At the Frontline: Memorial Hermann security chief Joseph Bellino

Bellino discusses how he’s helping keep Texas' largest healthcare system safe


SIW: How do you balance patient care with security and prevent domestic and other disputes that sometimes spill over into the parking lots and emergency rooms of hospitals?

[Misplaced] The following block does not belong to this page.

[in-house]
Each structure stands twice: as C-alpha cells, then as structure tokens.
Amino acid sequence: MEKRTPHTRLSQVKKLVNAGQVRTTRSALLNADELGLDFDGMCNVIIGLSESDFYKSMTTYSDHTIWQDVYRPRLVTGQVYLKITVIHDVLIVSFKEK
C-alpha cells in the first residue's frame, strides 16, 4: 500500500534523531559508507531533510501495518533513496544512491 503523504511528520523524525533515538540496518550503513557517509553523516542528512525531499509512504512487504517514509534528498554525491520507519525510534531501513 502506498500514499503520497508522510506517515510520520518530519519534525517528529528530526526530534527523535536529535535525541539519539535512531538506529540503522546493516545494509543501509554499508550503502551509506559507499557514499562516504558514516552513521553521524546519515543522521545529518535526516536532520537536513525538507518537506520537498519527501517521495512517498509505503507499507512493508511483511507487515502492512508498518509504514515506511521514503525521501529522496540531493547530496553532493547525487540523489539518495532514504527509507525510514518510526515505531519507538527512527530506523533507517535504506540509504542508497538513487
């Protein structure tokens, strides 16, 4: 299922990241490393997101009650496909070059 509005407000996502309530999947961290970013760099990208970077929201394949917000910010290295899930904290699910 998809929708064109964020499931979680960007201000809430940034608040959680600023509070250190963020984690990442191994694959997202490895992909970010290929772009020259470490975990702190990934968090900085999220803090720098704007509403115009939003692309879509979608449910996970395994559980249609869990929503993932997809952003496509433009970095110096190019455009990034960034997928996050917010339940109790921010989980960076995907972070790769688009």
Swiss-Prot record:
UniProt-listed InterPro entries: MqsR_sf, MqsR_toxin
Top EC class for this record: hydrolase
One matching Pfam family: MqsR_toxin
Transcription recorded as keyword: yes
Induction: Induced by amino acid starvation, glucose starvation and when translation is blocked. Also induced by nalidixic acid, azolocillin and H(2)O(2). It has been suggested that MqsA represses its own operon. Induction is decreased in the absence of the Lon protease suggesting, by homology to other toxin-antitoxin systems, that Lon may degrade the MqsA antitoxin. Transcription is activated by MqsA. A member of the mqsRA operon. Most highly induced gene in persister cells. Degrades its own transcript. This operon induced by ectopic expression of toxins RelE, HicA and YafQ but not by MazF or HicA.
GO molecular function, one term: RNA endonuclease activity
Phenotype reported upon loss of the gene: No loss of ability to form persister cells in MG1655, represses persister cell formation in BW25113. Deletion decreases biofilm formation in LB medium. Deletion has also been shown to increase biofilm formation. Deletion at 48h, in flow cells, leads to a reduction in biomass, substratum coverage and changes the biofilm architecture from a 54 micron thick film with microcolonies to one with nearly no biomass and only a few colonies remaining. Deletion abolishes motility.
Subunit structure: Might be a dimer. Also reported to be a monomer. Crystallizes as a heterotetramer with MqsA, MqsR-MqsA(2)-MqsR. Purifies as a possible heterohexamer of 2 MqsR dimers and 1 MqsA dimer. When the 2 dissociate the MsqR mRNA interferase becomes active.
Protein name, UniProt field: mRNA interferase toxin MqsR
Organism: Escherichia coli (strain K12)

Bellino: The patient is always going to come first. If that mean upsetting a family member and having that family member leave to prevent any violence then that's what we're going to do. My theory is that as more and more the American public goes from patient to consumer - because I think today, even myself, I'm more of a consumer of healthcare because I'm paying for it – and I think the more that people pay for something, the higher their expectation is. If you've noticed, over the last 20 years, we've paid very little for our healthcare. We were ok with waiting and being patient. Today, because you and I are having more come out of our pocket, I don't think we are as patient as we used to be and we're more demanding and we expect our doctors to take care of us. I'm seeing a lot less tolerance from people that used to be tolerant with wait times and understanding the role of the physician and what not. The other thing is, unfortunately, more and more people are going to the ER than ever before. We're really stressing the capacity of our ERs around the country. We're having to figure out ways to increase our throughput, take care of the patient and make them feel like a patient and not a consumer and not a number. We are always trying to find that balance.